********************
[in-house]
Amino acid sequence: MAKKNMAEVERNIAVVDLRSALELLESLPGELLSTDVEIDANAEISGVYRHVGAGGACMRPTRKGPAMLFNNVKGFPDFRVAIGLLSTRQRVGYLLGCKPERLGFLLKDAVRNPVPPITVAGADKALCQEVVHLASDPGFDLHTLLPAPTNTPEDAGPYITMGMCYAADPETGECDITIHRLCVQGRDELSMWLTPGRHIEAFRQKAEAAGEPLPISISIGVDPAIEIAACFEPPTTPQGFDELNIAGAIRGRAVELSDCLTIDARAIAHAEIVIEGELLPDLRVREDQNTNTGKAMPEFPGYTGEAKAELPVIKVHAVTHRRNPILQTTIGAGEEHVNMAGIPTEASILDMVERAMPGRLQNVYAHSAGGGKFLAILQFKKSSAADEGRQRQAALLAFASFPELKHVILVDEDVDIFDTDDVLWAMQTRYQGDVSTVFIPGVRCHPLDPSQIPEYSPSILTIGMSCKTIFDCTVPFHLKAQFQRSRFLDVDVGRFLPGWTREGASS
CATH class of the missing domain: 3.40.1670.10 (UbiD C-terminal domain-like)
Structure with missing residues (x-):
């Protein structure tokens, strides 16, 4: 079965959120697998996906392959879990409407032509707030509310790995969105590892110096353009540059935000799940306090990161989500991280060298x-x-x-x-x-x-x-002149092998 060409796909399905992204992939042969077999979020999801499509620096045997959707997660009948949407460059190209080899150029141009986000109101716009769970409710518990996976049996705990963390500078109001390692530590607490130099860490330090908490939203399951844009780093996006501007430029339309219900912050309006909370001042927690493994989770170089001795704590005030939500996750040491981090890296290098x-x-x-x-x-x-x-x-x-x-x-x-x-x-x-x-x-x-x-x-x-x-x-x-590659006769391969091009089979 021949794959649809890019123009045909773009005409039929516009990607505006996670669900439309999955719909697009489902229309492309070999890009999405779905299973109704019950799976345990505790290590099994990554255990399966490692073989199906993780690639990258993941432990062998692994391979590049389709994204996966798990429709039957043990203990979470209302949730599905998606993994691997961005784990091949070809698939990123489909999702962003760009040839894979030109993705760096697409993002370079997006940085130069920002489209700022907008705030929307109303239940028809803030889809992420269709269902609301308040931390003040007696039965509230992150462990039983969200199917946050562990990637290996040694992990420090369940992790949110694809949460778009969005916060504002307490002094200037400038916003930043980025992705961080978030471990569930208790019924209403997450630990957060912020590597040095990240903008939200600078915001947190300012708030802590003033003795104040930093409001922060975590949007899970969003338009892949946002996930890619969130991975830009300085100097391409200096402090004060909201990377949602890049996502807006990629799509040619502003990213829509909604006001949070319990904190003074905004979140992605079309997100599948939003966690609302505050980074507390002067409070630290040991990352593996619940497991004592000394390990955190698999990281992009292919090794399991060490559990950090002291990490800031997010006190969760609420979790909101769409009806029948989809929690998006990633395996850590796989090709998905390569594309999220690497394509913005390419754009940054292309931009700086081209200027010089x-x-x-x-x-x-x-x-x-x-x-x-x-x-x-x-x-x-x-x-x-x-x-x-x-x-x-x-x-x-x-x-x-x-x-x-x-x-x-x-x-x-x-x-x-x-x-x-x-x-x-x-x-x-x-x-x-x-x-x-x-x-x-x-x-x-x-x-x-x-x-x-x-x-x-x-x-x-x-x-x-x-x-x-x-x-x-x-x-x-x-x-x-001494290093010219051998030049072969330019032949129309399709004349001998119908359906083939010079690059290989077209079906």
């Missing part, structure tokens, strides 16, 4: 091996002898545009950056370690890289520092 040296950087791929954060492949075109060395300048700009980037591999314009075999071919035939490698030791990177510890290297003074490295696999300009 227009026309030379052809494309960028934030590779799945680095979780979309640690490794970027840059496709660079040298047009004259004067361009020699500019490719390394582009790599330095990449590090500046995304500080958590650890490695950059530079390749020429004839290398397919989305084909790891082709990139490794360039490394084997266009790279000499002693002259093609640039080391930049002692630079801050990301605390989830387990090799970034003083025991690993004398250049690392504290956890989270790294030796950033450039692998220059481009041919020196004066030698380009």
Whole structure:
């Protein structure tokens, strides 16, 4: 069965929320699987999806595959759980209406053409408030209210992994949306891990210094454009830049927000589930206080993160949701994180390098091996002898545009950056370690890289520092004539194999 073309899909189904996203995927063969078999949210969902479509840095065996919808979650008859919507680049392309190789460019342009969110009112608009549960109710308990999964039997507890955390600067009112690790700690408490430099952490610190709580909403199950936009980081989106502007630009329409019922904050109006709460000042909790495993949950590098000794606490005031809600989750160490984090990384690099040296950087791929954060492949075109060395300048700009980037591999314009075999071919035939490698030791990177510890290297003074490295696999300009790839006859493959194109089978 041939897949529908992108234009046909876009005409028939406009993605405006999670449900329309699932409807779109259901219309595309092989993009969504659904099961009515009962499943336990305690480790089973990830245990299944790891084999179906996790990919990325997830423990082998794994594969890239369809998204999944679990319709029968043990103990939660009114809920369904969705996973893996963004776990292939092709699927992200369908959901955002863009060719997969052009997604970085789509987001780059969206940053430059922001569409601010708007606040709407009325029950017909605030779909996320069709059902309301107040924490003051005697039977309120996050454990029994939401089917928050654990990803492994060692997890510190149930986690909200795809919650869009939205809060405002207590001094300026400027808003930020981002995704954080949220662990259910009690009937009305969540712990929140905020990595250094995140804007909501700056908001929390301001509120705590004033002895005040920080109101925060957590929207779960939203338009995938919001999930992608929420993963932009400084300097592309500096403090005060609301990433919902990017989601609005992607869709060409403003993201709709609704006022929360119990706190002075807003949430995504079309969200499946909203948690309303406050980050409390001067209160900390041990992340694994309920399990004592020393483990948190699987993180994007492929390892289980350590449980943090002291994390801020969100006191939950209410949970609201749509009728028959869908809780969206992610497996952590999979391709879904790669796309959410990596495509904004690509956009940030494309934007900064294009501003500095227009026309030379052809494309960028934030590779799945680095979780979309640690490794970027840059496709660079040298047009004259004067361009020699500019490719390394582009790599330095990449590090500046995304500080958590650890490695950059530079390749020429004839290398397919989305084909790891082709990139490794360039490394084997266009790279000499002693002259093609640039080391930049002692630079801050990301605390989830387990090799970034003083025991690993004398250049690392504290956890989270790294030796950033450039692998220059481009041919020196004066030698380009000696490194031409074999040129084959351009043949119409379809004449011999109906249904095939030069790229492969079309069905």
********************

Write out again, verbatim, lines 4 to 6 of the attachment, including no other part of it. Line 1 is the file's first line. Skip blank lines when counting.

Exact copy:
Structure with missing residues (x-):
């Protein structure tokens, strides 16, 4: 079965959120697998996906392959879990409407032509707030509310790995969105590892110096353009540059935000799940306090990161989500991280060298x-x-x-x-x-x-x-002149092998 060409796909399905992204992939042969077999979020999801499509620096045997959707997660009948949407460059190209080899150029141009986000109101716009769970409710518990996976049996705990963390500078109001390692530590607490130099860490330090908490939203399951844009780093996006501007430029339309219900912050309006909370001042927690493994989770170089001795704590005030939500996750040491981090890296290098x-x-x-x-x-x-x-x-x-x-x-x-x-x-x-x-x-x-x-x-x-x-x-x-590659006769391969091009089979 021949794959649809890019123009045909773009005409039929516009990607505006996670669900439309999955719909697009489902229309492309070999890009999405779905299973109704019950799976345990505790290590099994990554255990399966490692073989199906993780690639990258993941432990062998692994391979590049389709994204996966798990429709039957043990203990979470209302949730599905998606993994691997961005784990091949070809698939990123489909999702962003760009040839894979030109993705760096697409993002370079997006940085130069920002489209700022907008705030929307109303239940028809803030889809992420269709269902609301308040931390003040007696039965509230992150462990039983969200199917946050562990990637290996040694992990420090369940992790949110694809949460778009969005916060504002307490002094200037400038916003930043980025992705961080978030471990569930208790019924209403997450630990957060912020590597040095990240903008939200600078915001947190300012708030802590003033003795104040930093409001922060975590949007899970969003338009892949946002996930890619969130991975830009300085100097391409200096402090004060909201990377949602890049996502807006990629799509040619502003990213829509909604006001949070319990904190003074905004979140992605079309997100599948939003966690609302505050980074507390002067409070630290040991990352593996619940497991004592000394390990955190698999990281992009292919090794399991060490559990950090002291990490800031997010006190969760609420979790909101769409009806029948989809929690998006990633395996850590796989090709998905390569594309999220690497394509913005390419754009940054292309931009700086081209200027010089x-x-x-x-x-x-x-x-x-x-x-x-x-x-x-x-x-x-x-x-x-x-x-x-x-x-x-x-x-x-x-x-x-x-x-x-x-x-x-x-x-x-x-x-x-x-x-x-x-x-x-x-x-x-x-x-x-x-x-x-x-x-x-x-x-x-x-x-x-x-x-x-x-x-x-x-x-x-x-x-x-x-x-x-x-x-x-x-x-x-x-x-x-001494290093010219051998030049072969330019032949129309399709004349001998119908359906083939010079690059290989077209079906």
């Missing part, structure tokens, strides 16, 4: 091996002898545009950056370690890289520092 040296950087791929954060492949075109060395300048700009980037591999314009075999071919035939490698030791990177510890290297003074490295696999300009 227009026309030379052809494309960028934030590779799945680095979780979309640690490794970027840059496709660079040298047009004259004067361009020699500019490719390394582009790599330095990449590090500046995304500080958590650890490695950059530079390749020429004839290398397919989305084909790891082709990139490794360039490394084997266009790279000499002693002259093609640039080391930049002692630079801050990301605390989830387990090799970034003083025991690993004398250049690392504290956890989270790294030796950033450039692998220059481009041919020196004066030698380009």